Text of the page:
Cameron, of course, knows this. Hence why Downing Street told the press, despite the Liberal Democrat Equalities Minister formally announcing it, that the PM had "personally intervened" to introduce the policy consultation. Expect more noises from Cameron on this in the weeks ahead, especially to counterbalance more traditional message he is likely to trumpet at the forthcoming Conservative Party Conference.

Ryan Shorthouse is a spokesman for Bright Blue

Ryan Shorthouse is the Director of Bright Blue, a think tank for liberal conservativism 

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The rise of the green mayor – Sadiq Khan and the politics of clean energy

At an event at Tate Modern, Sadiq Khan pledged to clean up London's act.

On Thursday night, deep in the bowls of Tate Modern’s turbine hall, London Mayor Sadiq Khan renewed his promise to make the capital a world leader in clean energy and air. Yet his focus was as much on people as power plants – in particular, the need for local authorities to lead where central governments will not.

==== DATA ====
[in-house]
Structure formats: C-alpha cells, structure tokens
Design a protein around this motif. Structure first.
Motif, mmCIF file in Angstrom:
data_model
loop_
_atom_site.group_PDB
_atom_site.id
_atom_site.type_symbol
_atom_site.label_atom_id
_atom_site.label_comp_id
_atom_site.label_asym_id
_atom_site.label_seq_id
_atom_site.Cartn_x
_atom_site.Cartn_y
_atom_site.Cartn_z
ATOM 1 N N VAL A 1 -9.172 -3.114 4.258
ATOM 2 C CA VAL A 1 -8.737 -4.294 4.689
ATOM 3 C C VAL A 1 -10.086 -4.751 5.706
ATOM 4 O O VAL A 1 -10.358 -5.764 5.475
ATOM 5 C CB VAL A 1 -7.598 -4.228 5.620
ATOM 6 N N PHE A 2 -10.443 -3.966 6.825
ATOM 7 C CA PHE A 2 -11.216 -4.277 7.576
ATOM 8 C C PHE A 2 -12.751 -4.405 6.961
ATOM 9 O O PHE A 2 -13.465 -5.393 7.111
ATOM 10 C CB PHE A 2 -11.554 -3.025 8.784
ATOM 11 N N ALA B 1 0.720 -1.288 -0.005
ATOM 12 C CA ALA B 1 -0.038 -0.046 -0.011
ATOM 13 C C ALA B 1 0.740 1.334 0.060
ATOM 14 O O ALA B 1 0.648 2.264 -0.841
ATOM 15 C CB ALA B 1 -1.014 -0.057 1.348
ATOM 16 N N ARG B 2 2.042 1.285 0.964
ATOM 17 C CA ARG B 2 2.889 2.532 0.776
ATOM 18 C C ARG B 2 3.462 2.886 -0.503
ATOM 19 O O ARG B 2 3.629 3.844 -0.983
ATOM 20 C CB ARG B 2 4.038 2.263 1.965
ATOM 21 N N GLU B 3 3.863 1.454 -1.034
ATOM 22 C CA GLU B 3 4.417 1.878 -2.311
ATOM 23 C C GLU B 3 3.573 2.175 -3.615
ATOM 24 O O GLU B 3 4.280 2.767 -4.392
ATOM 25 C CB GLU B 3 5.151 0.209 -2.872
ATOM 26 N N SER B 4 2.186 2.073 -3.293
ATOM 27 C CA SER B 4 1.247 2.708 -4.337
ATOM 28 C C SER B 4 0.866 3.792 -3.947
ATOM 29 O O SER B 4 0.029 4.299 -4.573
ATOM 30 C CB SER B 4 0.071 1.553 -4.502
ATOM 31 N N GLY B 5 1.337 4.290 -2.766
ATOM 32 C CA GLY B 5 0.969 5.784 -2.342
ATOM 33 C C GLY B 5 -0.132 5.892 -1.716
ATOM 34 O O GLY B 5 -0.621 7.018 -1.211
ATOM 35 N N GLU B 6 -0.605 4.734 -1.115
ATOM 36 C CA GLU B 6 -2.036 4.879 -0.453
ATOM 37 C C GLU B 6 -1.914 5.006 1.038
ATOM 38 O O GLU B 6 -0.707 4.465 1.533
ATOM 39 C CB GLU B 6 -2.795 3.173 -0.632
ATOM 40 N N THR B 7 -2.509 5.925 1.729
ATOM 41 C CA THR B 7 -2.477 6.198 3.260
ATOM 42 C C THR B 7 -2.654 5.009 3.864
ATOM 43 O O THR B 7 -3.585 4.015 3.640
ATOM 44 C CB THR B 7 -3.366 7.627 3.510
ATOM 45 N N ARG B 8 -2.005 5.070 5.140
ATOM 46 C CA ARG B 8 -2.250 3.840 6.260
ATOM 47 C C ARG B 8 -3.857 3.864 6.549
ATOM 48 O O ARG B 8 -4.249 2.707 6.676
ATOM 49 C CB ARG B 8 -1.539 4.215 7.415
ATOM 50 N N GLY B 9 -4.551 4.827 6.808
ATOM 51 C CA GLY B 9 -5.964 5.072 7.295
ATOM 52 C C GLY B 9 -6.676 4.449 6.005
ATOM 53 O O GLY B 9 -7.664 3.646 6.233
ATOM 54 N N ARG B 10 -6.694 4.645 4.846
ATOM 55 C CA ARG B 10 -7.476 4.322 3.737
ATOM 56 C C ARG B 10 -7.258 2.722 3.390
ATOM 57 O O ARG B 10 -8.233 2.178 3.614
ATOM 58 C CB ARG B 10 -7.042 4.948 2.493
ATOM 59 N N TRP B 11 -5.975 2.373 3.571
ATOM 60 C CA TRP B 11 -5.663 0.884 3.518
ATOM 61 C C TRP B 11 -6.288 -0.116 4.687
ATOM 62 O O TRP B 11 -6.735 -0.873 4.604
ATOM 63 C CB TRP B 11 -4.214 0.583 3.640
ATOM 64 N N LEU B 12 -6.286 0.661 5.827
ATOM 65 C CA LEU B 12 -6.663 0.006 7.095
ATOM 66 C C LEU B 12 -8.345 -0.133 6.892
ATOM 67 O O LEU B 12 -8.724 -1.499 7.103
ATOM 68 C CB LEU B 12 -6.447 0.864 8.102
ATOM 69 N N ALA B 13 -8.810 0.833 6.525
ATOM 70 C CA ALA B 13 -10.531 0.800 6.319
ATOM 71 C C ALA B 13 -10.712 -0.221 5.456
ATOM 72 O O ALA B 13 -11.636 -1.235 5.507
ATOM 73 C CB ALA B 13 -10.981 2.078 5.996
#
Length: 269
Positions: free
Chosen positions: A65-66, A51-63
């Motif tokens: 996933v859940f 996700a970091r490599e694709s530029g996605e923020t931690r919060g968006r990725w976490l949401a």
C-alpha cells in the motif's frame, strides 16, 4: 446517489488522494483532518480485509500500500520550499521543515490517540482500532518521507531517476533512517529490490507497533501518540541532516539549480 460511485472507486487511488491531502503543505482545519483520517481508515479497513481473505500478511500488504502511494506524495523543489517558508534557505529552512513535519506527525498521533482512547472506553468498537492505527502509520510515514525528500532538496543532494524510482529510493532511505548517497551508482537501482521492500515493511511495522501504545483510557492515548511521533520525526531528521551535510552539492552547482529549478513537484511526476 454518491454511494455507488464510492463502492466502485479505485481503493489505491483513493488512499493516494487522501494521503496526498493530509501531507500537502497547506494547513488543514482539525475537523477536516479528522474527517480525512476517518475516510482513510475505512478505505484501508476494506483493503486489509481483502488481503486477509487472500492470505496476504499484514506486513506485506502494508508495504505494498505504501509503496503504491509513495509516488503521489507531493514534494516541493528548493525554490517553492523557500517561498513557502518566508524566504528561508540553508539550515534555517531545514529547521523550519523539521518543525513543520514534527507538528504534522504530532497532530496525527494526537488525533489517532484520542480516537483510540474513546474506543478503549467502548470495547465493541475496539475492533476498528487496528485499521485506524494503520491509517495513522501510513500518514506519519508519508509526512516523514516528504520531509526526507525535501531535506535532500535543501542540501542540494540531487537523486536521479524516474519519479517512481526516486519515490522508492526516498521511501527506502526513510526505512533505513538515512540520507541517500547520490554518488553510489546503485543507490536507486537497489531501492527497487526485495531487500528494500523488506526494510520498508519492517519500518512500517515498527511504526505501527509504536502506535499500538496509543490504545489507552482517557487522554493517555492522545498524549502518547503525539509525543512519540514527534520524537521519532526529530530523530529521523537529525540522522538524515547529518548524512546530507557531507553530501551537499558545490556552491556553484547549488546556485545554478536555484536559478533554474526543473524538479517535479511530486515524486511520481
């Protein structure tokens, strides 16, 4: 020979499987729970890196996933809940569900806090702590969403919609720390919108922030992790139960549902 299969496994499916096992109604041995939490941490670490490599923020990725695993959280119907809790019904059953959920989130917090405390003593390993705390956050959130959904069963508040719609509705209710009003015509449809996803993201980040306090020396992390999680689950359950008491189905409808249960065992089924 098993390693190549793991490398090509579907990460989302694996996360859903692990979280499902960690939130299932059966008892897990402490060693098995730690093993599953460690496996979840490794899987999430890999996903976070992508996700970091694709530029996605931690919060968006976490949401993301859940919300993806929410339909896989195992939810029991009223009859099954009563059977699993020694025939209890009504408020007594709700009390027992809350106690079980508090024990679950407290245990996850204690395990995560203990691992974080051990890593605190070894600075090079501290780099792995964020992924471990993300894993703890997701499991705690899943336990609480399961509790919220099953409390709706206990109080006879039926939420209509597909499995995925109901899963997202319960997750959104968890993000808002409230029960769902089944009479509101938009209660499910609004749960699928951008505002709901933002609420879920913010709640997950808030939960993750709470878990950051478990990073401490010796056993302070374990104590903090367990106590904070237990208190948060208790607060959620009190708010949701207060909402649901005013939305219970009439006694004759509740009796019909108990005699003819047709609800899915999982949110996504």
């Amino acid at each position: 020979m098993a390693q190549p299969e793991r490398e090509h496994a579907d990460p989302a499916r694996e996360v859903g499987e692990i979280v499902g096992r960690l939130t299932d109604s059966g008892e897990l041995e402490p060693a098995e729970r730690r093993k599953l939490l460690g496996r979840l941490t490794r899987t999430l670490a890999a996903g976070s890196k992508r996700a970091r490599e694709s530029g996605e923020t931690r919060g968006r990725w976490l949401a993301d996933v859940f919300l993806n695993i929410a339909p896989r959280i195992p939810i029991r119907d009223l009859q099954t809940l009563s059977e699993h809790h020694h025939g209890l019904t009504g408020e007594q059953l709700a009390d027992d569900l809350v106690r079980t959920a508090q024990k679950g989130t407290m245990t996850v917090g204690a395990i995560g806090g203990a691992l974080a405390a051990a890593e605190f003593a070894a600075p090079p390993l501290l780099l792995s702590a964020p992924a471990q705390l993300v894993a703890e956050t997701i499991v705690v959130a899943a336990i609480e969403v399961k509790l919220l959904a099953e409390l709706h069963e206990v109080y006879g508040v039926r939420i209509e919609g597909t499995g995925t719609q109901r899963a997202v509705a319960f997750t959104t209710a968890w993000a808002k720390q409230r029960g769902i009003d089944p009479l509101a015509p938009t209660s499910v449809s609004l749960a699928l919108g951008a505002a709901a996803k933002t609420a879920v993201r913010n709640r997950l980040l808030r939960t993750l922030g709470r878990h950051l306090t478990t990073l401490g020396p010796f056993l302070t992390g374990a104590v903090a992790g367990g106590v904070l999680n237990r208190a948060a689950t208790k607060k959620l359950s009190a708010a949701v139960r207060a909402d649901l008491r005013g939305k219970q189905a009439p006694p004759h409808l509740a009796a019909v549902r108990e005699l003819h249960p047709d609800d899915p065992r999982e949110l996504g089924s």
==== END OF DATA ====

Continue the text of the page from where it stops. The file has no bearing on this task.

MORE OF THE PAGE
Khan was there to introduce the screening of a new documentary, From the Ashes, about the demise of the American coal industry. As he noted, Britain continues to battle against the legacy of fossil fuels: “In London today we burn very little coal but we are facing new air pollution challenges brought about for different reasons." 

At a time when the world's leaders are struggling to keep international agreements on climate change afloat, what can mayors do? Khan has pledged to buy only hybrid and zero-emissions buses from next year, and is working towards London becoming a zero carbon city.

Khan has, of course, also gained heroic status for being a bête noire of climate-change-denier-in-chief Donald Trump. On the US president's withdrawal from the Paris Agreement, Khan quipped: “If only he had withdrawn from Twitter.” He had more favourable things to say about the former mayor of New York and climate change activist Michael Bloomberg, who Khan said hailed from “the second greatest city in the world.”

Yet behind his humour was a serious point. Local authorities are having to pick up where both countries' central governments are leaving a void – in improving our air and supporting renewable technology and jobs. Most concerning of all, perhaps, is the way that interest groups representing business are slashing away at the regulations which protect public health, and claiming it as a virtue.